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Angie Wieck, Published April 03 2014

Making a mark: Nonprofit CEO shares business philosophy

Name: Gary Wolsky

Position: President and CEO, The Village Family Service Center

Fast fact: When Wolsky joined The Village in 1983, the staff saw approximately 3,000 people a year. That number has grown to 87,000 today.

His story: Wolsky recently celebrated his 30th year with the organization, but his lengthy tenure does not mean he has become complacent.

“I tell the board every year, it doesn’t matter how long I’ve been here, if I’m not bringing something of value that is greater next year than it is this year and was last year, then you really don’t have any reason to keep me around.

“I think that from a business standpoint, either you’re growing or you’re dying, so I think you’ve got to stay reasonably forward thinking,” said Wolsky.

As an organization, we must continue to ask how we might be able to do things better or what needs to be done that we are not doing now, he said.

Business philosophy: Wolsky’s first job at The Village was to “conduct the service orchestra.”

At the time, the organization’s four divisions (volunteer programs, counseling, credit counseling and adoption services) were operating independently and not communicating with one another. His job was to weave the system together.

After just one year, he was promoted to president and CEO. As leader, Wolsky said he has managed the not-for-profit as he would a business.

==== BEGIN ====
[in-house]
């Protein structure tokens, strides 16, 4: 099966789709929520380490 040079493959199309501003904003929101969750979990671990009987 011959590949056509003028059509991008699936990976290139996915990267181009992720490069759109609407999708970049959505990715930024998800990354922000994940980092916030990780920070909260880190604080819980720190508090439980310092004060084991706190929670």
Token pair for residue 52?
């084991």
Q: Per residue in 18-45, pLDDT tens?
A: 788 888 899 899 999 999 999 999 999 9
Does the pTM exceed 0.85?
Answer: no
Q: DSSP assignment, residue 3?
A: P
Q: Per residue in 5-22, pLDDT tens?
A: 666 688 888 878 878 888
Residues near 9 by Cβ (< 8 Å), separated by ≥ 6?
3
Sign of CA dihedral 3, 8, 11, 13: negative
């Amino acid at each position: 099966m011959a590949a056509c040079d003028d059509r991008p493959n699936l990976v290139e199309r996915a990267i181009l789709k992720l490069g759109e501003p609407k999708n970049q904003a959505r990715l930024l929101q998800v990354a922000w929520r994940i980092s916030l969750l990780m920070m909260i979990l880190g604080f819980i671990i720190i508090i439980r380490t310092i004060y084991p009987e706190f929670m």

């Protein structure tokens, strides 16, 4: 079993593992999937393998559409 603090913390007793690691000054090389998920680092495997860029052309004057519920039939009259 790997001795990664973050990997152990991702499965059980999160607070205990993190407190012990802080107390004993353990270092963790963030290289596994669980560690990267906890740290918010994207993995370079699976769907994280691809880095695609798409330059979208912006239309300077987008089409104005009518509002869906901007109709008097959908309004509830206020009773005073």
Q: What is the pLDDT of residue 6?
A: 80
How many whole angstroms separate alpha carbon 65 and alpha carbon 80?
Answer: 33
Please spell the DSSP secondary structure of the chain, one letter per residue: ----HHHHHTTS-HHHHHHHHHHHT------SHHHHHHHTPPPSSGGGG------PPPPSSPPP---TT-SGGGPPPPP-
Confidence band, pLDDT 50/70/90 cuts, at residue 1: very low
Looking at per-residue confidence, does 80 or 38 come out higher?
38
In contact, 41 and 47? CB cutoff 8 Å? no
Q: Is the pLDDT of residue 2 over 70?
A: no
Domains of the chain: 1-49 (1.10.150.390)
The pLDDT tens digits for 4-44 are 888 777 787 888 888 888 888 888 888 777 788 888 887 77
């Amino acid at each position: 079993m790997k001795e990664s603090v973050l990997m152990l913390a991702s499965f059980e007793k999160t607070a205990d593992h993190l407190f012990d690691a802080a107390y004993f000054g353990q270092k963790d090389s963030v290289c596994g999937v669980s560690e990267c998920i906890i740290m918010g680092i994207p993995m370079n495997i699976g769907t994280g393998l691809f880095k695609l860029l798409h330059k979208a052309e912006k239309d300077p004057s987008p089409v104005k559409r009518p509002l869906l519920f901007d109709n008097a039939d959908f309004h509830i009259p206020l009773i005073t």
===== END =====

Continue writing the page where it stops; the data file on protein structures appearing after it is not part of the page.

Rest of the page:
Today, 70 percent of the services The Village provides have a source of payment. One example is the partnership between their credit counseling services and local banks.

“We have to go sell our services, and there has to be a market for those services,” Wolsky said. “We have to produce value when we provide a service in order to justify payment.”

The Village must fundraise the remaining 30 percent of its budget.

Wolsky said he has seen many not-for-profits end up with a mentality that they are entitled to something. They become almost quasi-governmental agencies.

“A lot of times when my peers would be off to Washington to try to lobby for more tax money, I’d be talking to donors here who want to help their neighbors. … I think that’s a healthier business approach,” he said.

“We don’t need the government telling us what to do. We don’t like the government telling us what to do. We can design our own programs and, assuming we can fund them, it’s a whole better business plan than waiting for instructions from Washington,” Wolsky said.

Vision for the future: Wolsky said the recent recession and area flooding took a financial toll on The Village.

“Our programs are in great shape. We have the most incredible staff. I don’t lose any sleep about the programs, but the financial piece of what we’re doing is always scary,” Wolsky said.

He said in order to continue to remain independent from Washington, the organization needs to become more financially stable.

“My vision, from a business standpoint, is to take our foundation to heights we’ve never dreamt about,” Wolsky said.


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